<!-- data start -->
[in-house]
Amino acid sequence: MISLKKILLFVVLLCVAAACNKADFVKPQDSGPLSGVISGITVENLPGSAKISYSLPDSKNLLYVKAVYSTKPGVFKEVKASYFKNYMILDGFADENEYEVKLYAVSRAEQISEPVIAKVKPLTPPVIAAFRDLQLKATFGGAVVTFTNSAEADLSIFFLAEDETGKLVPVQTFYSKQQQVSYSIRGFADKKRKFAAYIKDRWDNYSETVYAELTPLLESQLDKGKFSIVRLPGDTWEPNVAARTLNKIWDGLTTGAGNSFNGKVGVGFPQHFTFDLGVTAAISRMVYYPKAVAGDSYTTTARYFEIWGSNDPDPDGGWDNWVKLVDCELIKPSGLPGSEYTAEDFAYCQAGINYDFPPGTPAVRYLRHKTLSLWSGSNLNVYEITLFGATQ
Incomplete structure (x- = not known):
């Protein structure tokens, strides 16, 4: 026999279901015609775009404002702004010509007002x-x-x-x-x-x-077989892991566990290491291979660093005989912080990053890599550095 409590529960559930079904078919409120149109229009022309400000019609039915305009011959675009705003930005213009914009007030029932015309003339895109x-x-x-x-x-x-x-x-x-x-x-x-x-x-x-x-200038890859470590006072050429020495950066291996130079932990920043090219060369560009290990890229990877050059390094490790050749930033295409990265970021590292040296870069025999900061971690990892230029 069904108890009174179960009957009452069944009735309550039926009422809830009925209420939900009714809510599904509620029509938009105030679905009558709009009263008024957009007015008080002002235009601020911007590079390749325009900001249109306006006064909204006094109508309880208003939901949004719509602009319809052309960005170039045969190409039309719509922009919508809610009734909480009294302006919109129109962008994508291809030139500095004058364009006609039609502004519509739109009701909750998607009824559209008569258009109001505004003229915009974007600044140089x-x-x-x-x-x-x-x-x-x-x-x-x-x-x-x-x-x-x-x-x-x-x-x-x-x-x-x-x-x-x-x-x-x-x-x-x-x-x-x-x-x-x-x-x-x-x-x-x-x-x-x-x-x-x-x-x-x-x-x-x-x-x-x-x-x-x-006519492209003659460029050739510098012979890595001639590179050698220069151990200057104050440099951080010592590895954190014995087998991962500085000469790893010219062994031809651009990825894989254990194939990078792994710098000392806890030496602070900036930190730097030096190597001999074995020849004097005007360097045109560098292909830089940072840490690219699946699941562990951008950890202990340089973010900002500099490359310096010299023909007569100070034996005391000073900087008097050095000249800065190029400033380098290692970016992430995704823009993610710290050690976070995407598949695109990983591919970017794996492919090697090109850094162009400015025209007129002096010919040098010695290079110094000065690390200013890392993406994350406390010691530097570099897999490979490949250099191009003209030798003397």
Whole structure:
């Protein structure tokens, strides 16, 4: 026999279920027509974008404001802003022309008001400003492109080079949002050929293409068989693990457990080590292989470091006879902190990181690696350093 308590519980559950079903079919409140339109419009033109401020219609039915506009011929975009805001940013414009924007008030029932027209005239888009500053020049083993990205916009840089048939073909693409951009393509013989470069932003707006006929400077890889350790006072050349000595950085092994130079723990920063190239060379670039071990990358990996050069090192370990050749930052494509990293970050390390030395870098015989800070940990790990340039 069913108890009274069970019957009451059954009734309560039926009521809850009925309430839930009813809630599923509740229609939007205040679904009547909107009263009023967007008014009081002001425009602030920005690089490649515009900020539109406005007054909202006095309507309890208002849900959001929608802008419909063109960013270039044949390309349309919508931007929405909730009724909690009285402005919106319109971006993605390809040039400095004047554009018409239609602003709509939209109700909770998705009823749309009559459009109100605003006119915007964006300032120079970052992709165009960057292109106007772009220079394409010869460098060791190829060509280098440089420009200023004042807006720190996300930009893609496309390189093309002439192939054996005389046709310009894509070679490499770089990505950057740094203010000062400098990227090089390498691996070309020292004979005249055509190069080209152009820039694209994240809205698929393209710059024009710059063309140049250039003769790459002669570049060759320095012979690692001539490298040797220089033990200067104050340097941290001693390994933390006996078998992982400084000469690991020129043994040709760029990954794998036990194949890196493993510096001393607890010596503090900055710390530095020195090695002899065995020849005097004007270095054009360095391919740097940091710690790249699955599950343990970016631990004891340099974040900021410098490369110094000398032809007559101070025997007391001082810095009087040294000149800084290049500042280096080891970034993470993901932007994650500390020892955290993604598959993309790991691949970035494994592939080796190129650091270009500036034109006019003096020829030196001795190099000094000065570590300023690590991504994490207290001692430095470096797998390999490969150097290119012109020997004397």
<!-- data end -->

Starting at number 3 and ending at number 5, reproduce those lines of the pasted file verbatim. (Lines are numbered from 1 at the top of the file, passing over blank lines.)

Incomplete structure (x- = not known):
């Protein structure tokens, strides 16, 4: 026999279901015609775009404002702004010509007002x-x-x-x-x-x-077989892991566990290491291979660093005989912080990053890599550095 409590529960559930079904078919409120149109229009022309400000019609039915305009011959675009705003930005213009914009007030029932015309003339895109x-x-x-x-x-x-x-x-x-x-x-x-x-x-x-x-200038890859470590006072050429020495950066291996130079932990920043090219060369560009290990890229990877050059390094490790050749930033295409990265970021590292040296870069025999900061971690990892230029 069904108890009174179960009957009452069944009735309550039926009422809830009925209420939900009714809510599904509620029509938009105030679905009558709009009263008024957009007015008080002002235009601020911007590079390749325009900001249109306006006064909204006094109508309880208003939901949004719509602009319809052309960005170039045969190409039309719509922009919508809610009734909480009294302006919109129109962008994508291809030139500095004058364009006609039609502004519509739109009701909750998607009824559209008569258009109001505004003229915009974007600044140089x-x-x-x-x-x-x-x-x-x-x-x-x-x-x-x-x-x-x-x-x-x-x-x-x-x-x-x-x-x-x-x-x-x-x-x-x-x-x-x-x-x-x-x-x-x-x-x-x-x-x-x-x-x-x-x-x-x-x-x-x-x-x-x-x-x-x-006519492209003659460029050739510098012979890595001639590179050698220069151990200057104050440099951080010592590895954190014995087998991962500085000469790893010219062994031809651009990825894989254990194939990078792994710098000392806890030496602070900036930190730097030096190597001999074995020849004097005007360097045109560098292909830089940072840490690219699946699941562990951008950890202990340089973010900002500099490359310096010299023909007569100070034996005391000073900087008097050095000249800065190029400033380098290692970016992430995704823009993610710290050690976070995407598949695109990983591919970017794996492919090697090109850094162009400015025209007129002096010919040098010695290079110094000065690390200013890392993406994350406390010691530097570099897999490979490949250099191009003209030798003397």
Whole structure: